DEAR JOAN -- I was sad to learn on April 5 that Joan Lawton had passed away. The news seemed of even more immediate impact because I had just spent a few days enjoying her on video. As part of the Magic Castle Heritage Committee, she posted an interview with Leo Behnke, and she herself was the subject of a two-part interview by Michael Perovich and Sara Ballantine. Joan was a fixture at the Magic Castle from Year One, a formidable receptionist, and friend to many members, including legendary magicians. Although her parents initially disapproved of her working in "a saloon," they changed that opinion when the Castle crowd welcomed their first visit, and particularly when her mom found out that she was friends with Cary Grant.

Joan and Sara.

She enjoyed a happy marriage with magician and eventual Castle host Don Lawton. About ten years after Don's passing, she discovered among his stuf a "ratty little book" full of autographs that Don had collected from the magicians of the 1940s and 1950s. Although she would discuss this find with savvy magicians for the next nine years or so, it wasn't until early 2007 that she hit upon a great idea. She would turn the autographs into a keepsake book, accompanied by photos, handwriting analysis, tributes from Don's friends, and samples of his writing and scripts. The book debuted in 2008 and is a delight to spend time with.

When I acquired a copy in 2009, I reviewed it here and will close with a reprint of that review. Joan Lawton was a really nice lady, and her book was one of the nicest things she created. I expect that Don would have been ecstatic over how special it turned out. Aloha, Joan.

Paul LePaul.

SIGNATURE EFFECTS (From May 2009) -- Don Lawton's Autograph Book, which I acquired last month at the MCA Weekend, is a thoroughly delightful book. Although I never had a true mentor when growing up, we did have one nice older magician in my home town named Albert Lee. When Albert finally managed a trip to the Magic Castle late in his life, he entered the Grand Salon to be greeted by then host Don Lawton. Upon telling Don that he was from Cairo, Illinois, Don immediately rattled off Albert's street address! (This bit of magic was aided by Don's having once been a St. Louis magic dealer and having frequently shipped packages to Albert.) The Castle has not had a nicer or more knowledgeable host since. Don's book, put together by his wife Joan, is not only a tribute to Don, but is Don's tribute to early and mid-twentieth century magic. The bulk of the book is allotted to forty photos and autographs from top-flight magicians. Each autograph and photo is accompanied by a graphologist's analysis of the inscription, and my only quibble with the book is that I think history would have been better served by a one-page biography than by this handwriting mumbo-jumbo. But the variety of the inscriptions and the warmth of the photos make this an inspiring work, ranking up there with Hyla Clark's The World's Greatest Magic. Rounding out the book are forewords and biographical information by Leo Behnke, Lance Burton, Bruce Cervon, John Gaughan, Mark Nelson, and Jim Steinmeyer, and patter presentations for some of Don Lawton's signature effects: "Clippo," "Disecto," the "Sucker Paper Tear," and the "Egg Bag." The stunning design is by Steve Mitchell. At $48.50, this is one of the finest coffee table magic books I've seen in a long time and a delight to spend an afternoon with.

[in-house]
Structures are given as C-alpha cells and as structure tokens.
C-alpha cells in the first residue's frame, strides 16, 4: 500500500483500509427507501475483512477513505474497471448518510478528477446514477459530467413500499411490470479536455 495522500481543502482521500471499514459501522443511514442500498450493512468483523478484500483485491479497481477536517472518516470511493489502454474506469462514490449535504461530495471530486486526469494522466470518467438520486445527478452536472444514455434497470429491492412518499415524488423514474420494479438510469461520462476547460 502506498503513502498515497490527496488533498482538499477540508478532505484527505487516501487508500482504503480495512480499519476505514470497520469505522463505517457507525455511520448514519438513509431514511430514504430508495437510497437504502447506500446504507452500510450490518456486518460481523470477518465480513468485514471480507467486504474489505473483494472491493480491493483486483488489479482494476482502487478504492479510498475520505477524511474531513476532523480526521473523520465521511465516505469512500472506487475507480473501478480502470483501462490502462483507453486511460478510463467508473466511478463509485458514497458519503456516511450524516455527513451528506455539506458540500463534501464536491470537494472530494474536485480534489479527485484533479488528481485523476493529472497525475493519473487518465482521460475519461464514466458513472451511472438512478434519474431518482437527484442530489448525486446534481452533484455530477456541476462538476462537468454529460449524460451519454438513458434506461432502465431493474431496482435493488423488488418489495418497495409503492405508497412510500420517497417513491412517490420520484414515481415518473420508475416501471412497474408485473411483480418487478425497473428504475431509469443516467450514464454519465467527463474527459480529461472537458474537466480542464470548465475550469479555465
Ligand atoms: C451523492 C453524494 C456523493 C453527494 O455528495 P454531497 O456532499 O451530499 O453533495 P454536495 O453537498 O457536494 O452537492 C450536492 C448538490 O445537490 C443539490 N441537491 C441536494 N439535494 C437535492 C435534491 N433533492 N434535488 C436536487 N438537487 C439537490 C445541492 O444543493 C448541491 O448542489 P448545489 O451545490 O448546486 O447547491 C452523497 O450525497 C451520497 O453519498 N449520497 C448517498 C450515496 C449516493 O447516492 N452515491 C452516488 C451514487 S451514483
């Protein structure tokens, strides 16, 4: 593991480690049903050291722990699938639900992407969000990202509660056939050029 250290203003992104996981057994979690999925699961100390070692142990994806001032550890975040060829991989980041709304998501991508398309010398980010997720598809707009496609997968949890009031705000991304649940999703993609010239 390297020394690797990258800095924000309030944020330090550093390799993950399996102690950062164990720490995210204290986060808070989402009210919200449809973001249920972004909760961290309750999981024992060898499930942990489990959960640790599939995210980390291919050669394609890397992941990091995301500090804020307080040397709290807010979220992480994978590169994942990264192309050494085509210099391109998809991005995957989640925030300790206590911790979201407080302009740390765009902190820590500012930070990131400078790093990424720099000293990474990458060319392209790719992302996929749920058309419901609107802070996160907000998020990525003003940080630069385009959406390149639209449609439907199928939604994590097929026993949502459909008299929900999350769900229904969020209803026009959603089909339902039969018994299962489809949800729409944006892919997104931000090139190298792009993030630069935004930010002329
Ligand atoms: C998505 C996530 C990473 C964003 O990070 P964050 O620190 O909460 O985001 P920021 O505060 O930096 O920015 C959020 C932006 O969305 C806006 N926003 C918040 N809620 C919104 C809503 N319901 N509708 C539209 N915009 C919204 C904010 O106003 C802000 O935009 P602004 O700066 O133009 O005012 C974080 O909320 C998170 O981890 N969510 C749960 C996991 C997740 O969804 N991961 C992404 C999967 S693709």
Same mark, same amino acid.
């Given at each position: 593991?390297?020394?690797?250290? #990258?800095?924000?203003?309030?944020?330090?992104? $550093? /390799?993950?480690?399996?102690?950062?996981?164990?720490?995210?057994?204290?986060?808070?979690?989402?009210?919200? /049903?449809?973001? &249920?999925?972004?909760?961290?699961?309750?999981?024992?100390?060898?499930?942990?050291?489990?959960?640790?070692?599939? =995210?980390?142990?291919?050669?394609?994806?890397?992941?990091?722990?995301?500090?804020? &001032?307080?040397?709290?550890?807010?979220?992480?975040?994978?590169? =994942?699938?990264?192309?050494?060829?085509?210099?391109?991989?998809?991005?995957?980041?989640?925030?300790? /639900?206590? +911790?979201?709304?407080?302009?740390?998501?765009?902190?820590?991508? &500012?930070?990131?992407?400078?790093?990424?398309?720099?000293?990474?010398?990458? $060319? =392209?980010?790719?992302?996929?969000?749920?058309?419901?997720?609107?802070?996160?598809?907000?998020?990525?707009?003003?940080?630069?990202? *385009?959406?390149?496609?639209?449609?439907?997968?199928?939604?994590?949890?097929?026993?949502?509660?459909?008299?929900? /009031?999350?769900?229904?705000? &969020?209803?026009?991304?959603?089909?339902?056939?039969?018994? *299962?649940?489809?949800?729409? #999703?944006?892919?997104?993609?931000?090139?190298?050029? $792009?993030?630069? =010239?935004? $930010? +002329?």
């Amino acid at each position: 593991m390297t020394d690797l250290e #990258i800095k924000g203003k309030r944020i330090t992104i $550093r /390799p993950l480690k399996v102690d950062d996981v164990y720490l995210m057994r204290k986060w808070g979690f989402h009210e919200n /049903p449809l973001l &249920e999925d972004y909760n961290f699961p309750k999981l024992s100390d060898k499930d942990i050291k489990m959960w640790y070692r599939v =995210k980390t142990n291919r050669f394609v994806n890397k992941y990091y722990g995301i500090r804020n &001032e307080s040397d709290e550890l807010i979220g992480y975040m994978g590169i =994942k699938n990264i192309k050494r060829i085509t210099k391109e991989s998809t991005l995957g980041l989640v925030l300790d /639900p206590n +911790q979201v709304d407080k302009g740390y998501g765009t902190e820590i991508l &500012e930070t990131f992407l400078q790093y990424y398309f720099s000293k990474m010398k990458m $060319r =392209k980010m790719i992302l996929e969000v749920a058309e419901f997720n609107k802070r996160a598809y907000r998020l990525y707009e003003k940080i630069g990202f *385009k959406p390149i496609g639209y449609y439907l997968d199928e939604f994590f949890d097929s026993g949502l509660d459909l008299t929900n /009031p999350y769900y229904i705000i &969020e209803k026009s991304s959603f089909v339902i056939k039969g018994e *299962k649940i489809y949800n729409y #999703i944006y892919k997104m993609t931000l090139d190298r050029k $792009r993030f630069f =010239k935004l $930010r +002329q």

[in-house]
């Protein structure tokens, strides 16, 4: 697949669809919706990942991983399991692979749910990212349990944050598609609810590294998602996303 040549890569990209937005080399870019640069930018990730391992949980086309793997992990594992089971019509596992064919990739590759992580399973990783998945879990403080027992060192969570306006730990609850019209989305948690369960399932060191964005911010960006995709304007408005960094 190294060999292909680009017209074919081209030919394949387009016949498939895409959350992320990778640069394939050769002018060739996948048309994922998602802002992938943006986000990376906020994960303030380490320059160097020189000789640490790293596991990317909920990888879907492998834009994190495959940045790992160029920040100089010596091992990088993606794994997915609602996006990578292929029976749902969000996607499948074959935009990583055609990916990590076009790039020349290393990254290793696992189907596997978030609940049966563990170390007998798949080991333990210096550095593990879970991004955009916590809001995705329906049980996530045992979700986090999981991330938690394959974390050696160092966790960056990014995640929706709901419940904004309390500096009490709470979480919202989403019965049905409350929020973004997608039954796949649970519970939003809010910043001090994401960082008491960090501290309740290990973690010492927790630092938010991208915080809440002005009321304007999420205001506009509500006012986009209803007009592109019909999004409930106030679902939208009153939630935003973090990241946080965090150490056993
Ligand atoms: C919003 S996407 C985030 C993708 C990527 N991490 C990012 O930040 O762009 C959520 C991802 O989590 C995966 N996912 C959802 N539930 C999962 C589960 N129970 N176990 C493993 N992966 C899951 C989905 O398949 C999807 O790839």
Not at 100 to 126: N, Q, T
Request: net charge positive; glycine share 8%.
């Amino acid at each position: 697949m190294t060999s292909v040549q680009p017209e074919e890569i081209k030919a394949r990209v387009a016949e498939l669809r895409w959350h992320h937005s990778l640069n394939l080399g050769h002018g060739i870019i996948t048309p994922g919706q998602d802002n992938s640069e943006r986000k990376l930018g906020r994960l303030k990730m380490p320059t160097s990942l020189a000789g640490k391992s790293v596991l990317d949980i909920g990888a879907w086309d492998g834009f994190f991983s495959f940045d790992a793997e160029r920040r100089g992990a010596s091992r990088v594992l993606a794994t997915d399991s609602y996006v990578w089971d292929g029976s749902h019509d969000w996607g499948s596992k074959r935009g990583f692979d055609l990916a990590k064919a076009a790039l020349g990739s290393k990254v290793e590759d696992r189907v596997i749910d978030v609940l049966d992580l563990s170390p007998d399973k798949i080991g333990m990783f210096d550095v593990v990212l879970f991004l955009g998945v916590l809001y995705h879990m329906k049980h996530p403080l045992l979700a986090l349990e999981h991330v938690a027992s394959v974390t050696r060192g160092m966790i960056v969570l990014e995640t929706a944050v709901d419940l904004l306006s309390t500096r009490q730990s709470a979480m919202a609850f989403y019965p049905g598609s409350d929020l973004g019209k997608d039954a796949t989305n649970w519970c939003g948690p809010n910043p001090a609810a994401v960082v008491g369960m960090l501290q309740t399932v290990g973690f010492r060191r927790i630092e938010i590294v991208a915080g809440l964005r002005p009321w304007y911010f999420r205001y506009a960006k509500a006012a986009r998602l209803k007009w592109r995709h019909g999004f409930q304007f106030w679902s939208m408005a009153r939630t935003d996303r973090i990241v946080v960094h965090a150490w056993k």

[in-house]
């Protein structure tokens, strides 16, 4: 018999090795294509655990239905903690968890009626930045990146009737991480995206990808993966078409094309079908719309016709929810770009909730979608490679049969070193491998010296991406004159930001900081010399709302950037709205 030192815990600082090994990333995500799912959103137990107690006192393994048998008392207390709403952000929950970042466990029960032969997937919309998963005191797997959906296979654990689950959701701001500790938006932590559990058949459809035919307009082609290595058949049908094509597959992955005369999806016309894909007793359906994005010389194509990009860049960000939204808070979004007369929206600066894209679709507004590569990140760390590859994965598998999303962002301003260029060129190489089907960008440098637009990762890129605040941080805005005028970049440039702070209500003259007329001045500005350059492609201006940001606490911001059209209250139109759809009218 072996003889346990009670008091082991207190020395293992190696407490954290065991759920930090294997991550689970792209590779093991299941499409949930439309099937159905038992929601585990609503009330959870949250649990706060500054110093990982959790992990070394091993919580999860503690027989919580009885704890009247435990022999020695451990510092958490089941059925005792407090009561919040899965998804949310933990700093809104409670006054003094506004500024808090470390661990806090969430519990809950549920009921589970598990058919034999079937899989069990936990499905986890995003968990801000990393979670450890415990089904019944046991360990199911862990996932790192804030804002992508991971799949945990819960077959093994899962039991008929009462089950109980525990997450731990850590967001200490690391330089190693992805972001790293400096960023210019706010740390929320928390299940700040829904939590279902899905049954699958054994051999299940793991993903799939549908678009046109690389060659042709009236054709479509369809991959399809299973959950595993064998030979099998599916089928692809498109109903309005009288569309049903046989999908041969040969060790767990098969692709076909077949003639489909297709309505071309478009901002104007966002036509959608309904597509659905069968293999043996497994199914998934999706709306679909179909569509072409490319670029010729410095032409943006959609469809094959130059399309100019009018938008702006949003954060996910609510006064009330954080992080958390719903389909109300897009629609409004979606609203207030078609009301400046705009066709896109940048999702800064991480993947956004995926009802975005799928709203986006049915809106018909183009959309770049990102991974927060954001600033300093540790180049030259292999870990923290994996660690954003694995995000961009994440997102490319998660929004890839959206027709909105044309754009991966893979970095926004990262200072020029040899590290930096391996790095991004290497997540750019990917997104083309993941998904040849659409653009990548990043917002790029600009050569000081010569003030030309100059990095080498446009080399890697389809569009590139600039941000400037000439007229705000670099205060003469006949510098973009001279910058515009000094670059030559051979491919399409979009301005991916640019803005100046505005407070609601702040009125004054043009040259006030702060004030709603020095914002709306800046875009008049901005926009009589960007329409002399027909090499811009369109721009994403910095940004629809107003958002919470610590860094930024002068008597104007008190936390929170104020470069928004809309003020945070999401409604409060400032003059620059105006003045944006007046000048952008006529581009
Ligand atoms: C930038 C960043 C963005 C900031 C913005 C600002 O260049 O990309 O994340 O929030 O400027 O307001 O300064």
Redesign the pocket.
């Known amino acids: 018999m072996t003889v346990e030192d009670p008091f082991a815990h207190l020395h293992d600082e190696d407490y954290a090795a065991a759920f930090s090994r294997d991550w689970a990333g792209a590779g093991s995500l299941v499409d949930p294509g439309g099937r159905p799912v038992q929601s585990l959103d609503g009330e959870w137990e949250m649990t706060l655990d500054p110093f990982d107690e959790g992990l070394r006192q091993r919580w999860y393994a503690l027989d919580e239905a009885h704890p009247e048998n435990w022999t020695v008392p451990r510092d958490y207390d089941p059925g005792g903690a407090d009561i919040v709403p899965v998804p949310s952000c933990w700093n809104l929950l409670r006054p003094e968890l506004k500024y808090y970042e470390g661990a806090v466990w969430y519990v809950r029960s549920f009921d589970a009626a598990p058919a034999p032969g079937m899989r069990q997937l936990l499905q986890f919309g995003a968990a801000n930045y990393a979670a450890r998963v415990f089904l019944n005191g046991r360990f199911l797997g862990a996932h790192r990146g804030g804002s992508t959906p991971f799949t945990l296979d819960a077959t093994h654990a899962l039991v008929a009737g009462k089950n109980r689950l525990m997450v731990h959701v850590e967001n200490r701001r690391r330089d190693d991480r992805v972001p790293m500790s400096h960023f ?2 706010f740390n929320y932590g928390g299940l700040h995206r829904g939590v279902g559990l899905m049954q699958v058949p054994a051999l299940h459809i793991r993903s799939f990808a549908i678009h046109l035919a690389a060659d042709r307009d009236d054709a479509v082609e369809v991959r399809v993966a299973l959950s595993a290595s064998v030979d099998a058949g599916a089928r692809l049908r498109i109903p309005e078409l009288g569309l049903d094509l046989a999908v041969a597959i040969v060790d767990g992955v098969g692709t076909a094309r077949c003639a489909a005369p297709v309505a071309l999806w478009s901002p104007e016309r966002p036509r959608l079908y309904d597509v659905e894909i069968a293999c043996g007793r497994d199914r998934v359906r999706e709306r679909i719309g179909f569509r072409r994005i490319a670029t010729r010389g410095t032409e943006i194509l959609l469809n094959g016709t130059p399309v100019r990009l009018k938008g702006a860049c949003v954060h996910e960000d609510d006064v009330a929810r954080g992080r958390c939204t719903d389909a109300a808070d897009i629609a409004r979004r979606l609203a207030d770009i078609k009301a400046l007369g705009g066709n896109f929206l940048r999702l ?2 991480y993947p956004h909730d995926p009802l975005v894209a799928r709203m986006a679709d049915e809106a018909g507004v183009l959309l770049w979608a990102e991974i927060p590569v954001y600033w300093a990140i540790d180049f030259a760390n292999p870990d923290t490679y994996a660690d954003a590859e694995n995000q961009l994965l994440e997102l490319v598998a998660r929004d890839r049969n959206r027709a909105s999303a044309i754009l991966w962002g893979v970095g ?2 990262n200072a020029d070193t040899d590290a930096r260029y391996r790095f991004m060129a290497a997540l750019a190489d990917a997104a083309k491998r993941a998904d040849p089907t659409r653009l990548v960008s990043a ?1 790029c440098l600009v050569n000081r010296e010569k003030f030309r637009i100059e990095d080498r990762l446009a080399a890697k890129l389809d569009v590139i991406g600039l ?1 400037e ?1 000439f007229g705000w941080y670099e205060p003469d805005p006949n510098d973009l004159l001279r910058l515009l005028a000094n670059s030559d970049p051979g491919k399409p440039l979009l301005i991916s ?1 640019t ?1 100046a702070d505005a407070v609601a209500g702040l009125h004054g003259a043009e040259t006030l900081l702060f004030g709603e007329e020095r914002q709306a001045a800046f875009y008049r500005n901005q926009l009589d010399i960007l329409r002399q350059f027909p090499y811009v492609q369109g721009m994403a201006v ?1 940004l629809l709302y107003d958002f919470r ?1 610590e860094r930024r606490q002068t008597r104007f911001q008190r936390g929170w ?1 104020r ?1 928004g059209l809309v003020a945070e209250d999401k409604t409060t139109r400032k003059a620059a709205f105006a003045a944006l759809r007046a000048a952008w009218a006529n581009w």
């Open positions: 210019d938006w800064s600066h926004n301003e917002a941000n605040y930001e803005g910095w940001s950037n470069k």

Family album.

MAGICIANS ARE NICER THAN PEOPLE -- As the world suffers under its biggest April Fool joke ever, magicians around the planet are uniting and sharing their gifts. Last month I mentioned the Chicago show Indulgence from Lucy Darling and the early book Cardworks from Richard Kaufman. This month I enjoyed an internet attendance to the Portland Magic Jam, featuring John Shryock, Max Maven, Stephen Bargatze, and Shawn Farquhar. It's still online!

How does he do it?

Friends are sending each other links to all sorts of magic-related material, such as the pictured Ernie Kovacs performance. (This should have been performed in the MAGIC Live sawing in half retrospective.) The Magic Castle is making its AMA archives available to members, including among such videos as Who's Hoo, the Heritage Committee interviews, the Genii Video Series (Daniel Ulin), and the William W. Larsen Library performances with Bill Goodwin. And the whopper free "convention" was the Vanishing Inc. five-hour broadcast of ShareMagic: Live2020, on April 5, to which 30,000 different magi logged in, making it the largest magic event in history. Featured artists included David Blaine, Dynamo, Justin Willman, Jeff McBride, Dani DaOrtiz, Danny Garcia, Jim Krenz, Joshua Jay, Andi Gladwin, Harapan Ong, Morgan and West, Caroline Ravn, Ben Hart, and Jeff McBride. Wow. Thanks to all. It is no fun to be sitting at home, but you guys are making it special.


One of my first books of parlor magic.




Happy birthday, Milt Larsen.



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Steve Bryant is an obscure magician and writer who generates this site from an iMac in Bloomington, Indiana. He used to frequently journey to and perform magic in Little Egypt, the local name for extreme southern Illinois, where the towns bear such names as Cairo, Thebes, and Karnak.